Monosodium Glutamate

Grunge rubber stamp with text No MSG,vector illustration

Monosodium glutamate (MSG or E-621 in Europe). is a flavor enhancer widely used to make foods tastier and to entice people to eat more of whatever it is in.   Food services in nursing homes often add it to foods because the elderly often suffer from poor appetite and MSG encourages eating more.

MSG is related to glutamic acid, an amino acid naturally occurring in foods such as tomatoes, Parmesan cheese, potatoes, mushrooms, and other fruits and vegetables, as well as edible seaweeds.  Furthermore, glutamates are important neurotransmitters in the brain involved in learning and memory.  However, the naturally-occurring MSG is “bound” to other components in the food, while it is a “free glutamate” when used as an additive.  It is generally this “free” glutamate that can cause health problems.

Moreover, MSG is an excitotoxin; this means it can excite nerve cells until they die.  It has been implicated in a variety of symptoms ranging from migraine headaches, tingling, flushing, and nausea to difficulty breathing.  Those that promote the use of MSG claim that none of these symptoms can be proven experimentally to be caused by MSG because they are anecdotal.  Indeed, when you think about it, a headache is anecdotal by its very nature – how would you measure it?

Author Index
  1. Ali 2000
  2. Ali 2012
  3. Chevassus 2002
  4. Collison 2012
  5. Collison 2013
  6. Egbuono 2010
  7. Feria-Velasco 1995
  8. Feria-Velasco 2006
  9. He 2008
  10. He 2011
  11. Hong 1981
  12. Husarova 2013
  13. Insawang 2012
  14. Jo 2008
  15. Kiss 2007
  16. Lau 2006
  17. Lau 2010
  18. Ohguro 2002
  19. Onaolapo 2011
  20. Pacor 2004
  21. Park 2012
  22. Prandota 2003
  23. Quines 2014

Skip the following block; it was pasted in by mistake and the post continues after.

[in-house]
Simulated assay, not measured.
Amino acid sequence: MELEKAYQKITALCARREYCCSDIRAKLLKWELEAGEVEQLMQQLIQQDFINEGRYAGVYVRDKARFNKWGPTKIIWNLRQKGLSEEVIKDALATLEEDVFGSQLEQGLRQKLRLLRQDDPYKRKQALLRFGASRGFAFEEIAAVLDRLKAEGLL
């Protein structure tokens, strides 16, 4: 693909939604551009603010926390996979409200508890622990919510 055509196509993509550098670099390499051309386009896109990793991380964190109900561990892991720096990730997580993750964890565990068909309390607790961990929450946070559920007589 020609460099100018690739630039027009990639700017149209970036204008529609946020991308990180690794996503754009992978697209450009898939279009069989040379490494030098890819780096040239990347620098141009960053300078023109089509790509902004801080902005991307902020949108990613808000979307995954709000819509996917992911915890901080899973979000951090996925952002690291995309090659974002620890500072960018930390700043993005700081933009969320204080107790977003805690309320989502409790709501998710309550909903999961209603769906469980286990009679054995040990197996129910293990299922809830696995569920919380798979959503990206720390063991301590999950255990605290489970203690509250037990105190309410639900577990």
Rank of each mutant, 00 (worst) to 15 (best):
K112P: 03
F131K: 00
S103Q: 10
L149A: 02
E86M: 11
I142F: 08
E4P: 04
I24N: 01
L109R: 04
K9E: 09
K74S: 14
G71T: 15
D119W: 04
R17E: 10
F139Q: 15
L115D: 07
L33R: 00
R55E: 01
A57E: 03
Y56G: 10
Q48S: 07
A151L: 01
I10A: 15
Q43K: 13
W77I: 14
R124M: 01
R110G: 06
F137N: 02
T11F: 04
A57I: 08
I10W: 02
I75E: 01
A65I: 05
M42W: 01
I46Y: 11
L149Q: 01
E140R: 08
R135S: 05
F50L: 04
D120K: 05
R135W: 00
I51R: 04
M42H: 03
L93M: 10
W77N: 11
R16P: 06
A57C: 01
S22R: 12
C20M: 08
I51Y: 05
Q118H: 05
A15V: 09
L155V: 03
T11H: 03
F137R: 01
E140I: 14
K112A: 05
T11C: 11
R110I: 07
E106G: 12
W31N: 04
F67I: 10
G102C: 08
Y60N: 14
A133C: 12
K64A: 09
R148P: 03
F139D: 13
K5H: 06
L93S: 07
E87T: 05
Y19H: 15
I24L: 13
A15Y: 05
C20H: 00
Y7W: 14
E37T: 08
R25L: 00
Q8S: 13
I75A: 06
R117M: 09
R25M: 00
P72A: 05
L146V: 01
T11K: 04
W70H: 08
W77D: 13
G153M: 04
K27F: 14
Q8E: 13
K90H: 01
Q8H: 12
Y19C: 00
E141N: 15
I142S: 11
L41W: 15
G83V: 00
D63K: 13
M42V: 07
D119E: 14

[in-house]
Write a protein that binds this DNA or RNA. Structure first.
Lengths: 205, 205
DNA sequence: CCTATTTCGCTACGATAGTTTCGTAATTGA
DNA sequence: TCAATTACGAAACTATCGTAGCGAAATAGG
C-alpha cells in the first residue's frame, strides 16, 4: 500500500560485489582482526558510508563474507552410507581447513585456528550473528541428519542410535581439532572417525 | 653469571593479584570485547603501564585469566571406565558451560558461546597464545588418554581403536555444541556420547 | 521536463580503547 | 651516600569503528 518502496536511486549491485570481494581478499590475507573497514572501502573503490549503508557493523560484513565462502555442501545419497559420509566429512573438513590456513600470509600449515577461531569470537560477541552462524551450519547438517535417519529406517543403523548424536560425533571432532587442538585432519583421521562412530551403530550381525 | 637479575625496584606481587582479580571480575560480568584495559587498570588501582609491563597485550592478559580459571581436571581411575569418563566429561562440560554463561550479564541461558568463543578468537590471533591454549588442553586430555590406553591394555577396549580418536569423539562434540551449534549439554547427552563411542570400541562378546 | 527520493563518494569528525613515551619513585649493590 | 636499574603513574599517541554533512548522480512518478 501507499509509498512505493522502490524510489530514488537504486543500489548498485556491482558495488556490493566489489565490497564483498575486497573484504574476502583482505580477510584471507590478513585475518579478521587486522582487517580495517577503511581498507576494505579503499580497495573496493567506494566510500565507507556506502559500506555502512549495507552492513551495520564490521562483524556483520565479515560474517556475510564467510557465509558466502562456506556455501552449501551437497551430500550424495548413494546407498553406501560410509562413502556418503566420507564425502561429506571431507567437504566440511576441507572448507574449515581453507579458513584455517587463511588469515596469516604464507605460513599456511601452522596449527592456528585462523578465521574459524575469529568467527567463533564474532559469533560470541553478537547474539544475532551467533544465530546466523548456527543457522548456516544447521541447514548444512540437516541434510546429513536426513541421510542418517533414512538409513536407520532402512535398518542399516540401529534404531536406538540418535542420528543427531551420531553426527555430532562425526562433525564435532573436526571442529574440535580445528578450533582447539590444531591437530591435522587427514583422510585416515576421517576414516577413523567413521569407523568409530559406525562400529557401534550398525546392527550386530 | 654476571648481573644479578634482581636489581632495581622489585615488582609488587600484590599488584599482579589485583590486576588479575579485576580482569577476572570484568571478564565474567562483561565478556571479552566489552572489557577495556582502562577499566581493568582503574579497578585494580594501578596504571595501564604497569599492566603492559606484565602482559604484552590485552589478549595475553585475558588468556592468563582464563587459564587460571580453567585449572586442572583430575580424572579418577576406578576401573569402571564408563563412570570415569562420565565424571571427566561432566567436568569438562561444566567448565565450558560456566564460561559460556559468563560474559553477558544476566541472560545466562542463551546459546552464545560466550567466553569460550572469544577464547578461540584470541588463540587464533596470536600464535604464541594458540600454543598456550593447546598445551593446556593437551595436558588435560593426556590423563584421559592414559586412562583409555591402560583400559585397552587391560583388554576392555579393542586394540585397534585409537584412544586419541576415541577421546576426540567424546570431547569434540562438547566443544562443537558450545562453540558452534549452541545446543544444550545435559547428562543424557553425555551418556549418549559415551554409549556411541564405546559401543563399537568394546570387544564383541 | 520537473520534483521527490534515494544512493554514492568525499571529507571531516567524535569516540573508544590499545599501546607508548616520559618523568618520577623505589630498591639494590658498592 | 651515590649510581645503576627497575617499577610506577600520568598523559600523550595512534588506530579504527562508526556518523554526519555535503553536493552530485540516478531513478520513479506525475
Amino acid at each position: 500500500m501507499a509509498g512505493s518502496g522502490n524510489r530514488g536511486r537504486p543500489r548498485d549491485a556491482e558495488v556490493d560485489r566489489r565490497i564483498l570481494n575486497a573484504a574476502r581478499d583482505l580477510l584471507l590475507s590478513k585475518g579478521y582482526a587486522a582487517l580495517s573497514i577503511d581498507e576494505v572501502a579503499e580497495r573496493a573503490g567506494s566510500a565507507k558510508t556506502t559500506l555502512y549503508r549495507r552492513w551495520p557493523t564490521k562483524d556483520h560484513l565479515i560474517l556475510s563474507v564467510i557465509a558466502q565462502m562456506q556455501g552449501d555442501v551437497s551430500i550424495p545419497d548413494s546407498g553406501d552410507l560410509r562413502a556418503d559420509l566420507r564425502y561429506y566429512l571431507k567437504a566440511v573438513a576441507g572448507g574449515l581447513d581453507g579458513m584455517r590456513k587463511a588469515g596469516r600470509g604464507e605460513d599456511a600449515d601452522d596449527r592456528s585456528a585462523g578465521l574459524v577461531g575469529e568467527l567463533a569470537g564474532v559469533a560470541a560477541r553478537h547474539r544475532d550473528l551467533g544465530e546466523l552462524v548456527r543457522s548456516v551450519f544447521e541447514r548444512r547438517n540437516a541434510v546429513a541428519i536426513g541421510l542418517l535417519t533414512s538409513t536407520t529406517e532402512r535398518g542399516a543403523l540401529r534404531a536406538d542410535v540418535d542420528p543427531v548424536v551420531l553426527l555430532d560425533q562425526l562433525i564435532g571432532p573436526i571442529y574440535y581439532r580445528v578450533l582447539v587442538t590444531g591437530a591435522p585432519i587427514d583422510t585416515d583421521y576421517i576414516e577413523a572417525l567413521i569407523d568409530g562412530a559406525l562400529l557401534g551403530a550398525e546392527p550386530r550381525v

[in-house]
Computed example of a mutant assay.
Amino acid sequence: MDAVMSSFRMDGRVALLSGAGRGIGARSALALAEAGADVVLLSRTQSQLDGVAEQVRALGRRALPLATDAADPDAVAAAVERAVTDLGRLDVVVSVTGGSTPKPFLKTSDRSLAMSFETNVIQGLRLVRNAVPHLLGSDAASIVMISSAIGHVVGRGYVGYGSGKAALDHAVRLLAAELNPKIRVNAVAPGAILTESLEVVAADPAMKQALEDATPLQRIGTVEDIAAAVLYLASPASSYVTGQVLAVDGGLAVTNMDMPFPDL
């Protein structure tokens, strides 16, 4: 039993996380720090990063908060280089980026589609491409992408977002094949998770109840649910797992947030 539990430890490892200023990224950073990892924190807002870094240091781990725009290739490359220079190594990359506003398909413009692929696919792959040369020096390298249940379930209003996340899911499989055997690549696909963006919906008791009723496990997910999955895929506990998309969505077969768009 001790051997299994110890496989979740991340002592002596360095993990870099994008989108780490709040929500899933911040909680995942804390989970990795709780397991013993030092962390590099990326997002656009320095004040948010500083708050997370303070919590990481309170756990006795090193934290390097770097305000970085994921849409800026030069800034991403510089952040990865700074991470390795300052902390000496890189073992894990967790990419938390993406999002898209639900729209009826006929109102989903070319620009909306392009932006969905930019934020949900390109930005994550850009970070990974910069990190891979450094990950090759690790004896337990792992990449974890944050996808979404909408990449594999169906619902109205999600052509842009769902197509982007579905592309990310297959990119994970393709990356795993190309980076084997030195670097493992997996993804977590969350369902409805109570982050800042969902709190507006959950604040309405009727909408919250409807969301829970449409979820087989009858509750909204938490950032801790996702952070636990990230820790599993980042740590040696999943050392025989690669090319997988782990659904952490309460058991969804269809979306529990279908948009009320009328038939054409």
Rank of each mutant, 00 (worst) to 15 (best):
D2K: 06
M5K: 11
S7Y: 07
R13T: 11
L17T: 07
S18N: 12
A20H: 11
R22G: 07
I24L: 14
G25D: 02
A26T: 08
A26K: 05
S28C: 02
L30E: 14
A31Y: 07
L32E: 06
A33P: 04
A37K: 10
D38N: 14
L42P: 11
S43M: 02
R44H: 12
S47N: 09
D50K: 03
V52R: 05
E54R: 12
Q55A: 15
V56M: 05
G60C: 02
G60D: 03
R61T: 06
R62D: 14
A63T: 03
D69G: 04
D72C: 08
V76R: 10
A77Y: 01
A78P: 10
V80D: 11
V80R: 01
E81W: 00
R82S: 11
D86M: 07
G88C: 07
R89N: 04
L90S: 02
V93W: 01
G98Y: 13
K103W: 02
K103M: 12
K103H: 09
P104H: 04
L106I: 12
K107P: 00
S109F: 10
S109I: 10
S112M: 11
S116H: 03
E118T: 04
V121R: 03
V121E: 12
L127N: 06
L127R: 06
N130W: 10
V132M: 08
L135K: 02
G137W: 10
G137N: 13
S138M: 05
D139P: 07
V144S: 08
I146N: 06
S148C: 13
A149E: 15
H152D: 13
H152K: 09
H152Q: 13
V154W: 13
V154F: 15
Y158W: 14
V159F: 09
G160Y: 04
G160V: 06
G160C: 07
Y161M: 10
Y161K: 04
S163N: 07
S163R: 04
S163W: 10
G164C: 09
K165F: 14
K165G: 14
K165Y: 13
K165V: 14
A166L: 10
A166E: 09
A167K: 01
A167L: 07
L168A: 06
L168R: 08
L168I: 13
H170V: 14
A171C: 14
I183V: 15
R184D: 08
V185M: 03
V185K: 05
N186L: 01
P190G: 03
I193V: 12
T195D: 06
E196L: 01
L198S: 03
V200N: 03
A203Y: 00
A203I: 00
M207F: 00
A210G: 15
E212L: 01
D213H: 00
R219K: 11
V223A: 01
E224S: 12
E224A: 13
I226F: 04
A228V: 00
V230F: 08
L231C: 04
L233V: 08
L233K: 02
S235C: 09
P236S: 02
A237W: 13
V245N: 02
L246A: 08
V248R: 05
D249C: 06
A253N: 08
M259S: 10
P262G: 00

24. Quines 2015
  25. Rajan 2014
  26. Savcheniuk 2014
  27. Settipane 1987
  28. Shovic 1999
  29. Simon 2000
  30. Squibb 1981
  31. Strong 2000
  32. Tarasoff 1993
  33. Tawfik 2012
  34. Van Bever 1989
  35. Yang 1997
Husarova 2013: Review of MSG toxic effects
Monosodium Glutamate Toxic Effects and Their Implications for Human Intake: A Review, Husarova V & Ostatnikova D., JMED Research. 
Monosodium Glutamate (MSG) is one of the world’s most widely used food additives. Its toxic effects have been shown in numerous animal studies, however in most of them, the method of administration and the doses were not similar to human MSG intake. In this paper we review animal and human studies in which MSG effects on central nervous system, adipose tissue and liver, reproductive organs and other systems have been shown and we discuss their implications for human MSG intake.
Quines 2014: MSG makes rats anxious and depressed

Monosodium glutamate, a food additive, induces depressive-like and anxiogenic-like behaviors in young rats, Quines CB, Rosa SG, Da Rocha JT, Gai BM, Bortolatto CF, Duarte MM, Nogueira CW., Life Sciences, 2014 Jun 27;107(1-2):27-31

MSG-treated rats are more susceptible to develop anxiety and depression-like behaviors, which could be related to a dysfunction in the serotonergic system.

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MSG in the Diet

For most people, naturally occurring MSG is not a problem, being bound to the proteins in the food; when added to foods as a chemical additive, however, it is a “free” glutamate and can have a very different outcome.

MSG hides under a host of other names including:

  • HVP (hydrolized vegetable protein)
  • Autolyzed yeast
  • Yeast extract
  • Flavoring
  • Spices